The worst moment of the 2008 financial crisis for former Federal Reserve Board Chair Ben Bernanke was what he calls “the Lehman weekend.”
“The worst moment – I don’t think will shock you – was the Lehman weekend, and the knowledge that it was going to fail and the fear and uncertainty that was associated with that,” Bernanke said during a wide-ranging interview on CNBC’s Squawk Box. “And, then, the next couple days as we had to deal with AIG and talk to Congress. Very tough.”
Bernanke admits he was “very worried.”
“My whole background as an academic was studying the Great Depression, studying financial panics or effects on the economy, and I saw that we were having the granddaddy of all financial panics about to explode on us and I thought the consequences would be tremendous,” he told CNBC.
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Bernanke appeared on CNBC as part of a promotion tour for his just-released memoir, “The Courage to Act: A Memoir of a Crisis and Its Aftermath.”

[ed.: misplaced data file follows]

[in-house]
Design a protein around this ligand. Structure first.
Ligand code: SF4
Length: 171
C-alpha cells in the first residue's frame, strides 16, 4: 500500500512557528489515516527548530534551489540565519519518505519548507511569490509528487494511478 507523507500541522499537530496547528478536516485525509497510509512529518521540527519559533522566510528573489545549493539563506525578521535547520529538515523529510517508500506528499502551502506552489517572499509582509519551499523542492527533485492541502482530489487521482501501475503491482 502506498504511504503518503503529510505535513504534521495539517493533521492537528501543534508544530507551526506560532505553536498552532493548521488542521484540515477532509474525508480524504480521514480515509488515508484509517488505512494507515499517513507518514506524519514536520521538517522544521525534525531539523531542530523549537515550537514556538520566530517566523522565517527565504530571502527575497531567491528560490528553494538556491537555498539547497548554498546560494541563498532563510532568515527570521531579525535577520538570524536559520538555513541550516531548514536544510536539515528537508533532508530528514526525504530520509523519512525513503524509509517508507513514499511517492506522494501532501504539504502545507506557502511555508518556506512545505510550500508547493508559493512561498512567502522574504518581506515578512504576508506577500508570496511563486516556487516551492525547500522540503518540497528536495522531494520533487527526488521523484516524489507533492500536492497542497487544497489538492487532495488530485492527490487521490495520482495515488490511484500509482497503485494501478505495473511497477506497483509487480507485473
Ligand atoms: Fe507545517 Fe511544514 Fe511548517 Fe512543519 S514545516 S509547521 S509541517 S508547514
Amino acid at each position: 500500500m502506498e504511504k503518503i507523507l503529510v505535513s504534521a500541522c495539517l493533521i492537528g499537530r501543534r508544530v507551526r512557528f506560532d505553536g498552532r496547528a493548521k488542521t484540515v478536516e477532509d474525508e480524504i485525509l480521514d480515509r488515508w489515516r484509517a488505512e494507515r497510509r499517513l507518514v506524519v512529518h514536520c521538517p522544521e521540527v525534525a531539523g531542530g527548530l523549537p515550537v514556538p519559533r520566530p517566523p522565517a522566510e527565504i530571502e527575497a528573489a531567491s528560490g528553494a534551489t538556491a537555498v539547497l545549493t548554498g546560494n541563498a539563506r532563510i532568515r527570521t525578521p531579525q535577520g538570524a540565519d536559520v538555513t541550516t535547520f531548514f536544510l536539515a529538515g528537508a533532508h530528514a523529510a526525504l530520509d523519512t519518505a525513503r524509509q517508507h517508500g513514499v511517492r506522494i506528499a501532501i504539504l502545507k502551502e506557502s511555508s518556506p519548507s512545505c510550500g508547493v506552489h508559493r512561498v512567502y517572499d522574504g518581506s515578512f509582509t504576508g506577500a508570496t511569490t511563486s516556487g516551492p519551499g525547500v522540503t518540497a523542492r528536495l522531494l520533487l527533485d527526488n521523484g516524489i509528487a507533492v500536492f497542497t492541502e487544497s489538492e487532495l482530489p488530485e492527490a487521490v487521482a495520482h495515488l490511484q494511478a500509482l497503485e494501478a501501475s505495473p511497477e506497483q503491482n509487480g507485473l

In his book, Bernanke basically puts an end to the debate of whether Lehman Brothers could have been saved. He says there was no way to save it.
“We tried really hard [to save Lehman],” he told CNBC. “At the time, conventional wisdom and the media elsewhere was ‘Let it go. Let it go.’ We knew, we were afraid that it wasn’t just the company itself but the fact that the markets were already in panic and the failure of that company and all of its ramifications would raise the level of panic to a whole new level and it would be extraordinarily destructive. So we tried very, very hard to avoid it. Unfortunately the tools that we used in other cases were not available.”
Bernanke admittedly blames himself for some of the speculation that Lehman could have been saved.
“In the few days following the collapse … it was our decision, our agreement that we would be reticent about being completely clear that we had been unable to save Lehman,” he told CNBC. “Because we were afraid that that would create even more panic. That may not have been the right decision, I certainly admit that, but that’s what we did.”
Asked if there were any great moments in his career as Fed chairman, Bernanke was unspecific but positive.
“As an economist, what better job could you have?” he said. “You had all these people helping you think about what’s happening. And, you were providing leadership for the global economy. In many ways it was a great job.”
Switching gears, Bernanke also discussed the current economic environment both stateside and globally.